Self-Immolation in Women: Addressing an Urgent Human Crisis


avatar Mohsen Rezaeian ORCID 1 , *

Department of Epidemiology and Biostatistics, Occupational Environmental Research Center, Rafsanjan Medical School, Rafsanjan University of Medical Sciences, Rafsanjan, IR Iran

how to cite: Rezaeian M. Self-Immolation in Women: Addressing an Urgent Human Crisis. Int J High Risk Behav Addict. 2017;6(1):e30976.

Dear Editor,

Self-immolation, or suicide attempted by burning, is one of the most devastating methods of suicide, with up to a seventy percent fatality rate (1). Evidence suggests that young married females who are deprived and illiterate are most prone to committing self-immolation, especially in the Middle Eastern countries (2), India (3), and Sri Lanka (4).

The results of a study revealed that self-immolation is the cause for up to seventy percent of suicides in some regions of Iran. The study’s results further highlighted that more than seventy percent of those people who self-immolated were females with a mean age of twenty-nine (5). Unfortunately, due to ongoing conflicts, less is known about self-immolation in Iraq, where the situation seems to be much worse. Therefore, the present article’s emphasis is on self-immolation among Iraqi women as an urgent human crisis.

Burn mortality in the Sulaimani-Kurdistan region of Iraq has been determined to be high (6), especially among self-immolating women (7). Existing evidence also confirms that self-immolation among females has become a serious growing crisis in the Kurdistan region of Iraq, although, due to an inadequate monitoring and surveillance system, the data on self-immolation are considered to be an underestimation, with underreporting in this region (8).

Nevertheless, very recently it has been determined that in the Kurdish region of northern Iraq, five women commit suicide by self-immolation every day (9). These women primarily kill themselves by self-burning in order to flee or protest common incidences of gender-based violence, such as domestic abuse, in their Kurdish communities (10).

Apart from being “female,” other independent risk factors for self-immolation in this region are reported as “young age,” “poor education,” “spring season”and“small family size” (11). What makes the current picture gloomier is that some of these self-immolations are likely to be what is called “murder-immolation” or “homicidal-immolation” (i.e., family members murdering a woman when they believe she has brought disgrace to her family) (12). It has been estimated that from 1997 to 2007, up to 12,500 murder-immolations occurred in the region (10).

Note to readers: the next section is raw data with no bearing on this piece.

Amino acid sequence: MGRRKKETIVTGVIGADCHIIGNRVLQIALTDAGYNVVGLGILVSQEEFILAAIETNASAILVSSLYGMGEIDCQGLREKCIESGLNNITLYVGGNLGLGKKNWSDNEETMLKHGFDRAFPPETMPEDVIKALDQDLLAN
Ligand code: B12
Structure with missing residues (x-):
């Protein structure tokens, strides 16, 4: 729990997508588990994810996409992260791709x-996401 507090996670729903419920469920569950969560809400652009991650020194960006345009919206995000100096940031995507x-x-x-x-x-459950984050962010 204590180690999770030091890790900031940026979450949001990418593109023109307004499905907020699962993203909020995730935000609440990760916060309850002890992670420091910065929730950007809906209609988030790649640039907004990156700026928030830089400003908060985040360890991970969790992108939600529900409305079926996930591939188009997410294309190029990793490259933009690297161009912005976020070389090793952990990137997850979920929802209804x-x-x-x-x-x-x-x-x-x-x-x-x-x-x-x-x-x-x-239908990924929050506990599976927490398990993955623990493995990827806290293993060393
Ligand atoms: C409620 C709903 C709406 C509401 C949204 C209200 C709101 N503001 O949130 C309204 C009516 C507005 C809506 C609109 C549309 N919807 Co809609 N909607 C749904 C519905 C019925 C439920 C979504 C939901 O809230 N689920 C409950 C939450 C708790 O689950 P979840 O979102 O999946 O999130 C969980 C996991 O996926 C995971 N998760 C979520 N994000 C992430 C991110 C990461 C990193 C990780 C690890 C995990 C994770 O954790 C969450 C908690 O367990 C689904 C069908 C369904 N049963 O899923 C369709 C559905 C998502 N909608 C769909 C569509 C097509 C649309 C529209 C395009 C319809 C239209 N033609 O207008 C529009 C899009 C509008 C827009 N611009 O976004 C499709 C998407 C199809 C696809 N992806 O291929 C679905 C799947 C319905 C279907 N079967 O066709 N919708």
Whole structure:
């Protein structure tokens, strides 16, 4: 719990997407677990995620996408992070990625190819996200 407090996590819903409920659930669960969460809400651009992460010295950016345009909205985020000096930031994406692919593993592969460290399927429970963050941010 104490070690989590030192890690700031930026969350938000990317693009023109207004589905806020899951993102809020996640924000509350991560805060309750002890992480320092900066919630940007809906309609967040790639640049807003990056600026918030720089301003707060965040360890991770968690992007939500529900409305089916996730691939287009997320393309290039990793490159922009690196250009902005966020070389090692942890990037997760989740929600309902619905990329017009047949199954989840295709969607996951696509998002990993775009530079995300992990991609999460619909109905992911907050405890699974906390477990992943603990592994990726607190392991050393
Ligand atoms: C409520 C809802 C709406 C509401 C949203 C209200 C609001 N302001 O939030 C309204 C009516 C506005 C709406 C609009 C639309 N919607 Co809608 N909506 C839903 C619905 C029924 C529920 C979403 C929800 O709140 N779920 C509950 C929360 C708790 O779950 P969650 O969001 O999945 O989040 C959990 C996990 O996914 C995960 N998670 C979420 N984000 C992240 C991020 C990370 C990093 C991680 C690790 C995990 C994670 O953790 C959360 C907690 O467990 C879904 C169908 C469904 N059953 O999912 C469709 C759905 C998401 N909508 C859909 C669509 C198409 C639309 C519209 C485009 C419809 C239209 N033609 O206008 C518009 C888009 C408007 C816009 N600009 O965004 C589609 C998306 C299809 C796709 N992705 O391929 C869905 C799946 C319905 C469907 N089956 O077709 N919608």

It is also worth emphasizing that in other parts of Iraq and after the US-led invasion in 2003 the number of suicides has largely increased especially among young females using self-immolation. Unfortunately, the barbarity and brutality of the so-called Islamic State (IS) group has added to the problem in areas under its control. It is because that IS sells or slaves captured girls and women, especially from religious minorities. As a result, more females have chosen to commit suicide in Iraqi areas under ISIS control, but the extent of this is very difficult to determine at the moment (13).

Under such circumstances, it is absolutely necessary that local and national suicide prevention programs be developed through social campaigns (14) to stop this human crisis in different parts of Iraq. It is obvious that the main prerequisite for implementing such prevention programs is providing stability throughout Iraq by ending the armed conflicts and social unrest.

Moreover, the main themes for local and national suicide prevention programs must, at the very least, take into account “providing social support for females and other high-risk groups,” “providing mental health services especially for females and other high risk groups,” “women empowerment and changing their inferior role in a patriarchal community,” “eradication of illiteracy,” “tackling poverty,” “providing opportunity for financial improvements,” “reducing unemployment,” and even, to a lesser degree of importance, “placing barriers to easy access to the means of suicide” (15, 16).